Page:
Howto: High-Key Underwater Macro Photos

I previously discusses low-key photography, now moving on to high-key photography.  High-key photography is a subject on a white or light background.

Why High-Key

High-key is a great way to bring out other colors in the photo.  The trick is to overexpose the photo except for the subject, which you leave as normal or just a little bit overexposed.

Getting Started

The process is relatively simple.

You need a lighter background to bounce light off of.  The important thing is that empty water does bounce light back but only with a slow shutter speed and only if you want a blue or brown background.  There are a couple of ways to get the right background:

  • Pick a subject with a vertical backstop.  Coral, anemones, etc.  Even colors like orange or red work.
  • Shoot looking down on the subject so that the sand or coral serves as the background.
  • Use a dive slate as a mobile background.

The next thing that you do is to light the background and try to avoid getting excessive light on the subject.  This could mean many things:

  • 2 Strobes or Video Lights with Diffusers: point them forward or outward.  Try to “kiss” the subject with the inside edge of the light beam.
  • 2 Video Lights: cross them behind the subject.  Without diffusers, it’s easier to see where the edge of the beam is, so you end up adjusting your lighting more.
  • Single Focus or Video Light: Use a longer arm to reach over the top of the subject and light behind it.

The most nuanced part of the setup is to make sure that your subject isn’t in silhouette.  If you have to, add weaker light from the front or top to add a small amount of light to the subject so that some of the details are restored.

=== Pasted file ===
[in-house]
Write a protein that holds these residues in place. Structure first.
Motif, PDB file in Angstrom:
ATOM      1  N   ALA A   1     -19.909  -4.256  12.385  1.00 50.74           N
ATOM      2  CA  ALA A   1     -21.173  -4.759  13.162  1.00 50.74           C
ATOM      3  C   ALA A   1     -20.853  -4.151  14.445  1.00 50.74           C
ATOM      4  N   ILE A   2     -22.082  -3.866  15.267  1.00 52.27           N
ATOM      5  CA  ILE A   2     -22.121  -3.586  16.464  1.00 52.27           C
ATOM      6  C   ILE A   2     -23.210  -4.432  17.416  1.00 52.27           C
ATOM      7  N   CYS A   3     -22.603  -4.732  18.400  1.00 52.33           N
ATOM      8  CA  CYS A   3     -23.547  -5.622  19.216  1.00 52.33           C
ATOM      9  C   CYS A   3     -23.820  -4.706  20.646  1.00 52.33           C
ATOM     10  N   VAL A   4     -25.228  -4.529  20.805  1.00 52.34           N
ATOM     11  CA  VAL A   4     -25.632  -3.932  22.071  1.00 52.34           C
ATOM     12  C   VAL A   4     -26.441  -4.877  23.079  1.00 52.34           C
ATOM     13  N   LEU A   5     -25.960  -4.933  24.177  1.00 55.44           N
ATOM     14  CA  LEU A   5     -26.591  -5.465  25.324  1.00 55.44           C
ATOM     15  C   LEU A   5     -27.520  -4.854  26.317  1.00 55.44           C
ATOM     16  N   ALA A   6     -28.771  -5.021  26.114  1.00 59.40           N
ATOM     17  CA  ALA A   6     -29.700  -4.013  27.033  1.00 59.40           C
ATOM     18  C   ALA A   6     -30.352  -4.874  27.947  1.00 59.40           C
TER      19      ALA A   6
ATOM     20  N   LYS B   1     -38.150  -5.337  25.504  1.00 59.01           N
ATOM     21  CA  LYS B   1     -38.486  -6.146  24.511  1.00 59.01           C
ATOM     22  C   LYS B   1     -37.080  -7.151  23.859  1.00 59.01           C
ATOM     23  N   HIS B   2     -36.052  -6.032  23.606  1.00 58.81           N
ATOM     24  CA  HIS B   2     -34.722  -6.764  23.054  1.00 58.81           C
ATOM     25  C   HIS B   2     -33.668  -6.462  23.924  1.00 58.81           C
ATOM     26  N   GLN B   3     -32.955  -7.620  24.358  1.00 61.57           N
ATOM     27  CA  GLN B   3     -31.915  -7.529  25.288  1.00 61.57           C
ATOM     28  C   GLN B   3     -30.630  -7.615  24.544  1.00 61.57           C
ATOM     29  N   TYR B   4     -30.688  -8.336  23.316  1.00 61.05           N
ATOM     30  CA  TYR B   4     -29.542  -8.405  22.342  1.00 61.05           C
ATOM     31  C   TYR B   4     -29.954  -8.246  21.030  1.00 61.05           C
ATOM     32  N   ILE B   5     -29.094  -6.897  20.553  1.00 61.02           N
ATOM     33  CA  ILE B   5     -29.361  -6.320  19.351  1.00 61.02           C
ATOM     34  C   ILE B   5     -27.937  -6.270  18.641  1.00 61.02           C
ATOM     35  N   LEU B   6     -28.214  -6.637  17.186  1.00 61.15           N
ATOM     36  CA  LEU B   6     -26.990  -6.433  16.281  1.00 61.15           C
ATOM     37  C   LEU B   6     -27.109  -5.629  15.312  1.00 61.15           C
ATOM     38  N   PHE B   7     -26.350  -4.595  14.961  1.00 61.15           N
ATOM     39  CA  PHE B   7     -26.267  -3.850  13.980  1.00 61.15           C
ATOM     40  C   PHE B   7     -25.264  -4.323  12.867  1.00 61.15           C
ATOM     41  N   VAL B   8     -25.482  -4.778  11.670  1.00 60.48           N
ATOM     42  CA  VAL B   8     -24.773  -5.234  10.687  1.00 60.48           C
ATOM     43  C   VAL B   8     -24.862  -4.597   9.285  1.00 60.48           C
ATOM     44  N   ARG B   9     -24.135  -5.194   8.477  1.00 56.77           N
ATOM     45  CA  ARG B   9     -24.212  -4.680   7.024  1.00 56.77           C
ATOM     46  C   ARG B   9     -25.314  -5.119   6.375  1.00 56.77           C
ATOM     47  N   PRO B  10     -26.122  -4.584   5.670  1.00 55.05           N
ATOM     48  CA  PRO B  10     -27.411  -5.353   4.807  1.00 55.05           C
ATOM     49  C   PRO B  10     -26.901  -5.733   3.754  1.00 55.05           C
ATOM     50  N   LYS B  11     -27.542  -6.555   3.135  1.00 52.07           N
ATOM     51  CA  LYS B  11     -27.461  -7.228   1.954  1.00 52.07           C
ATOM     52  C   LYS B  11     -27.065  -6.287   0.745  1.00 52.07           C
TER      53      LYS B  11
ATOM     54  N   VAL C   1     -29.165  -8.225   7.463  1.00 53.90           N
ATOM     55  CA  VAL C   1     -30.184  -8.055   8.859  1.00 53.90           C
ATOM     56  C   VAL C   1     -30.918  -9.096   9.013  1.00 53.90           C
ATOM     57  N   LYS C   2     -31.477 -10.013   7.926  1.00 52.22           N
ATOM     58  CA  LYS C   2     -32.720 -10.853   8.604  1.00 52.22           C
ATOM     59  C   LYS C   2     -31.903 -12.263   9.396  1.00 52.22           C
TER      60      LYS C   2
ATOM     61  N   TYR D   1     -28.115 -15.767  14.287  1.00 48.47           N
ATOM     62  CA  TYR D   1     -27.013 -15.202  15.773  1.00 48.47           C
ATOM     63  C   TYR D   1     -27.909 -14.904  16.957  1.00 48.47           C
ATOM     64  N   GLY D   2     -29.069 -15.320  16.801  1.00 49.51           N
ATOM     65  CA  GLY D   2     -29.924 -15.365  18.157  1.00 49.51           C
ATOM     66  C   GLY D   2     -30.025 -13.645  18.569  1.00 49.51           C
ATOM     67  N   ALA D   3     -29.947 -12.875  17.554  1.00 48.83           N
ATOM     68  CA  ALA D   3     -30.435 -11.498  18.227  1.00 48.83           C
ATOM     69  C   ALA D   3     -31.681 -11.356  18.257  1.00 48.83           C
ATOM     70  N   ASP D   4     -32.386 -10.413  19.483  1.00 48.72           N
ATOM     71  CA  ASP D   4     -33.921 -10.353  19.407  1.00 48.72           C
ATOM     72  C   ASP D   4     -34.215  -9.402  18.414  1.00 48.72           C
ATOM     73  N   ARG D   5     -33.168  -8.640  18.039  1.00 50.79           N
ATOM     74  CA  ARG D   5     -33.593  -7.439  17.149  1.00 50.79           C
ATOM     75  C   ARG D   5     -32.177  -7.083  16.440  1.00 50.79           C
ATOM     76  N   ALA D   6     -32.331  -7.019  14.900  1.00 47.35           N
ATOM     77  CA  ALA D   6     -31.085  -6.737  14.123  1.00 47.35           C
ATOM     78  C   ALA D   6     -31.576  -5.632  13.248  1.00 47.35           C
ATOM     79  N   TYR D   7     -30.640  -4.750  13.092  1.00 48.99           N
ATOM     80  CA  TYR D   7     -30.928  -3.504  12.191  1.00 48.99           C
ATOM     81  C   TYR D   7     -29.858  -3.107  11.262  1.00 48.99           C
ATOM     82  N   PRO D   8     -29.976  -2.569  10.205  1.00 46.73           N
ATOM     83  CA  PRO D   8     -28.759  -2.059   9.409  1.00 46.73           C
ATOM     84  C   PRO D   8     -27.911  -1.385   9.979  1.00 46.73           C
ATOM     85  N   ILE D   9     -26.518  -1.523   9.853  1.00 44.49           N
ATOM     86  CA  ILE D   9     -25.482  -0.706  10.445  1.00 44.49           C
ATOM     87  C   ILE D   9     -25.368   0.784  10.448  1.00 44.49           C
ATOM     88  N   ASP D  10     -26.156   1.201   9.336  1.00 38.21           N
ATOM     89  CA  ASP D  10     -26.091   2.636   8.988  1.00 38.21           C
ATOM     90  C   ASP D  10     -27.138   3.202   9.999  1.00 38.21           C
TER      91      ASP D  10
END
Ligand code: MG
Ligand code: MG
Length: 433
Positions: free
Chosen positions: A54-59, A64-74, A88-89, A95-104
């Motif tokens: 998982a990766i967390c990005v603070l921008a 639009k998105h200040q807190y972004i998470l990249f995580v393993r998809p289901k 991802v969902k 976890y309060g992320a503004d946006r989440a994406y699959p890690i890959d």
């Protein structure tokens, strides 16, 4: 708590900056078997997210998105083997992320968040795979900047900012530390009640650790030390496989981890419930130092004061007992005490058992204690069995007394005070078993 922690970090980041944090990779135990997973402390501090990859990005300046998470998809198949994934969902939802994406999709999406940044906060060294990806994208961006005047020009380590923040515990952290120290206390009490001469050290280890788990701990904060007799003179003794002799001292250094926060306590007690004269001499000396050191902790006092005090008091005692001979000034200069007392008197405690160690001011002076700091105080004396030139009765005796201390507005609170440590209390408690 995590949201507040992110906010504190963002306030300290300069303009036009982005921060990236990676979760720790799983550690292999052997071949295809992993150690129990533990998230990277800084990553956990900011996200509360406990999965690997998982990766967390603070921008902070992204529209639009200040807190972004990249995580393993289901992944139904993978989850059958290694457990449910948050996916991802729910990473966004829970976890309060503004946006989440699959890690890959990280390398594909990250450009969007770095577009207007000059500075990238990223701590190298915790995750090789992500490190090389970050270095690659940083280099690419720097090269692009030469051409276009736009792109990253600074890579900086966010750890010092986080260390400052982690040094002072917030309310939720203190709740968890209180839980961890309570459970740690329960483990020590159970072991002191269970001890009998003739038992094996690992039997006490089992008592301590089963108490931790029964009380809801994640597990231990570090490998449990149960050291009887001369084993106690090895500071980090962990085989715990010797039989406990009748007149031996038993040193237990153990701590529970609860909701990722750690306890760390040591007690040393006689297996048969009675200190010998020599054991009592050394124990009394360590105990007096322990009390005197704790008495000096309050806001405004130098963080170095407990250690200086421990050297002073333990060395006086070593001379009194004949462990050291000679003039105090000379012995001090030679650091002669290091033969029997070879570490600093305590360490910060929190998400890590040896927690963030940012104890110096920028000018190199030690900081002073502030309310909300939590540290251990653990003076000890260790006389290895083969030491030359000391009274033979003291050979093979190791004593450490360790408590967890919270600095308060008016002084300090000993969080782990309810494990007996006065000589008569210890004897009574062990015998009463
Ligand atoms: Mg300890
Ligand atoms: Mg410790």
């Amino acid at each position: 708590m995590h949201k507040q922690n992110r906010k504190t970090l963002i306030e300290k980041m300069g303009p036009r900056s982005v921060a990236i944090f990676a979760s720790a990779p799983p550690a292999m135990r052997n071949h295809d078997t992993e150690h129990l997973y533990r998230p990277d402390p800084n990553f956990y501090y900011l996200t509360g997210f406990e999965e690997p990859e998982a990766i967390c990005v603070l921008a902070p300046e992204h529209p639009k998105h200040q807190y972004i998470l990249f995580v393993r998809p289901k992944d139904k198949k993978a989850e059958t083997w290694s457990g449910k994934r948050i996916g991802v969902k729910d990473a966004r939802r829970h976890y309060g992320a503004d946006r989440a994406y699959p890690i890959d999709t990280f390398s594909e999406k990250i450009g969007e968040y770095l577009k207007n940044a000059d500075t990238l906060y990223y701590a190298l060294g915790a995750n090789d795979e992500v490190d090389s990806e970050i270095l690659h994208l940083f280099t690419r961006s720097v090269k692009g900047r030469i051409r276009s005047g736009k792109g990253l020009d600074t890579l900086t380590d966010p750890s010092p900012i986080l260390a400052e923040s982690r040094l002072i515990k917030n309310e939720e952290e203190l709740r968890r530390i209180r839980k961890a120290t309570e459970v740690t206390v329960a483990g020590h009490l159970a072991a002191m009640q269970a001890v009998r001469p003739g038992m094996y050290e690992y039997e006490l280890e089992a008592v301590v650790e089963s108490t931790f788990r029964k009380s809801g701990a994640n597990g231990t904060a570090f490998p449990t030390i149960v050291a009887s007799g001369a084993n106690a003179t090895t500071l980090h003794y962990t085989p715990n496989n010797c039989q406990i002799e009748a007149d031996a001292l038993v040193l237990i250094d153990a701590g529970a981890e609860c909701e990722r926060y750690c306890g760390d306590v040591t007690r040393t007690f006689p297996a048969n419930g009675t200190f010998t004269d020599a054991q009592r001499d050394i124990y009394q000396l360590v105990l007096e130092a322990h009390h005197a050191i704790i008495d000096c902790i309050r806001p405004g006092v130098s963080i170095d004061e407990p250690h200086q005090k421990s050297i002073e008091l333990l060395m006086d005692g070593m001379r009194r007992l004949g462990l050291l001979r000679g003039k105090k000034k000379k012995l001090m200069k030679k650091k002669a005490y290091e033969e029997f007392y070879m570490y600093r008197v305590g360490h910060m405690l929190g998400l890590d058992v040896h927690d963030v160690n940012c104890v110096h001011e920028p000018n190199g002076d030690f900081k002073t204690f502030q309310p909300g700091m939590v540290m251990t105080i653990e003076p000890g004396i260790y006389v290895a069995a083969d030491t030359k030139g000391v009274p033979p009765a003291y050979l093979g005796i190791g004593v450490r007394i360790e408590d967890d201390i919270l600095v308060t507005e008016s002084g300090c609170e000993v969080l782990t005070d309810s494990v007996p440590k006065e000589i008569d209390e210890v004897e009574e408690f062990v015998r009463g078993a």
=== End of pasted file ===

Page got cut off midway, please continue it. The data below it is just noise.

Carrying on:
The last thing to do is to adjust your exposure.  This depends on your gear, but it’s usually one or two of the following:

  • Manual Mode: Use a wider aperture like F4 or F6 and a slower shutter speed.  The hard part here is to avoid a super-thin depth of focus (with a supermacro converter, I usually have a paper-thin focus plane) or to slow the shutter speed down so much that you introduce blurring from moving: yourself or the subject.
  • Automatic Mode: Adjust the Exposure Compensation to +1 or +2 to trick the camera into exposing a lighter photo.  The amount that you have to adjust depends on how much light the background and subject reflect.
  • Turn Up the Lighting: With some setups like strobes and video lights, you can increase the power on your lighting to overexpose the background.  The important thing is to overexpose the background and not the subject.

Since there are many variables involved, there are many options that all work.  Try using multiple techniques to get the job done and feel free to experiment.

Take it to the Next Level

While you’re making the background lighter use a board with glitter for an interesting background.  Combined with overexposure and a bit of bokeh, it makes for a really nice picture.

Try different colored backgrounds like orange sponges or a field of light-blue tunicates as a background.

Try compositions with the subject offset to the left or right and some negative space opposite them.  Try to use the 1/3 layout with the subject on one of the thirds and the other side blank.

 

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